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Permit me to draw your attention to Section 57 of the Constitution:

1b) where the office of Prime Minister is vacant and the President considers that there is no prospect of his being able within a reasonable time to appoint to that office a person who can command the support of a majority of the members of the Assembly, the President, acting in her own deliberate judgement, may dissolve Parliament.

In the absence of a contest for the leadership of the Alliance Lepep, did you speak with a sufficient number of its members to assure yourself that the ex-Prime Minister’s son would have majority support in the Assembly? Do you not believe that it is an essential principle of democracy for the Alliance Lepep to have held an open and transparent leadership contest? Perhaps Mr Collendavelloo would have opposed Mr Jugnauth Junior or Mr Badhain, after all what did he have to lose? Perhaps this hints at the real reason why Mr Duval left the Alliance.

Perhaps Mr Jugnauth Junior would have been unopposed, in which case a leadership contest would have been a formality. So what stopped the Alliance from holding one? Is it not possible that he would have been opposed? Is it not possible that the Alliance would have collapsed? Is it not possible that the government would have faced a vote of no confidence in the Assembly? Of course the Assembly is conveniently on recess for 2 months. Does not the timing of Mr Jugnauth Senior’s resignation have a Machiavellian odor to it?

You had the opportunity to make a wise choice: to insist that the Alliance hold a leadership contest. If they refused then you could have justifiably dissolved Parliament. Then we, the people, could have chosen our own Prime Minister rather than witnessing the anathema of an ex-Prime Minister crown his own son. You had the opportunity to act with integrity. Instead you chose to have your strings pulled, once again, like a puppet President and in so doing you have steered our fragile democracy down a perilous path.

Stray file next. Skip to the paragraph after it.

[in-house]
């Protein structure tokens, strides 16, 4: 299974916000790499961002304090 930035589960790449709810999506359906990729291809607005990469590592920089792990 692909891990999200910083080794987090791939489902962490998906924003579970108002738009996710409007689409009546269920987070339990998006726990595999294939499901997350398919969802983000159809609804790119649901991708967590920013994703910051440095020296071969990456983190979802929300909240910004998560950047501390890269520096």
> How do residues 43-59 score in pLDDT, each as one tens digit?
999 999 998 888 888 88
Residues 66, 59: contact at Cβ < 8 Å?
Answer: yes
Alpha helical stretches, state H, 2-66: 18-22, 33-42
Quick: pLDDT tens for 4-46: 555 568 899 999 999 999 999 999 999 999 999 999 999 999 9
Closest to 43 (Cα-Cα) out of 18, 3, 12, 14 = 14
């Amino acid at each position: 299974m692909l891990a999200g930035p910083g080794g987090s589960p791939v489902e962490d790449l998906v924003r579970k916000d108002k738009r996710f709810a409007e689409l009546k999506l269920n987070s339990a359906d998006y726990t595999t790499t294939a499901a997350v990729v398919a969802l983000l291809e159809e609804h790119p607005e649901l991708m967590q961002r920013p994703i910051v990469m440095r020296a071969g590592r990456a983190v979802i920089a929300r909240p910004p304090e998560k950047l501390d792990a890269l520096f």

We could have avoided the embarrassing prospect of our new Prime Minister, who spurned the chance to serve the community, spending a year in prison. It is unthinkable that the Privy Council will side with our Supreme Court in emasculating our anti-corruption laws and giving carte blanche to the nepotistic plundering of the public purse. His only chance is to prevent the appeal by decapitating the DPP. Any fool can see that the Prosecution Commission Bill is a thinly disguised mechanism to force the Judicial and Legal Services Commission to remove Mr Boolell for misbehaviour.

As you know, I have personal grievance against Mr Boolell. He has failed to explain why he prosecuted me for a crime that does not exist or justify why he has stopped nearly all prosecutions against the heir to his father’s party. But I will defend him when the alternative is far worse. When there is every prospect of our anti-corruption commission being crippled. When nothing can deter the government returning ministries to the building of shame or buying up more stranded assets of Ministers’ family and friends. And what new economic miracles will they dream up to multiply their never-to-be-explained wealth?

Can you sleep well at night? May be so – in luxury hotel beds pocketing your outrageously generous per diem on your far too frequent trips overseas. I guess you can rest assured, even if sooner rather than later, Mr Jugnauth Junior is deposed by the people. No doubt the next generation in government will be grateful for your complicity in turning our multi-party democracy into a multi-dynastic kleptocracy.

January 23rd was my birthday. But I could not celebrate on such a day of disgrace.

This letter was also published in Le Mauricien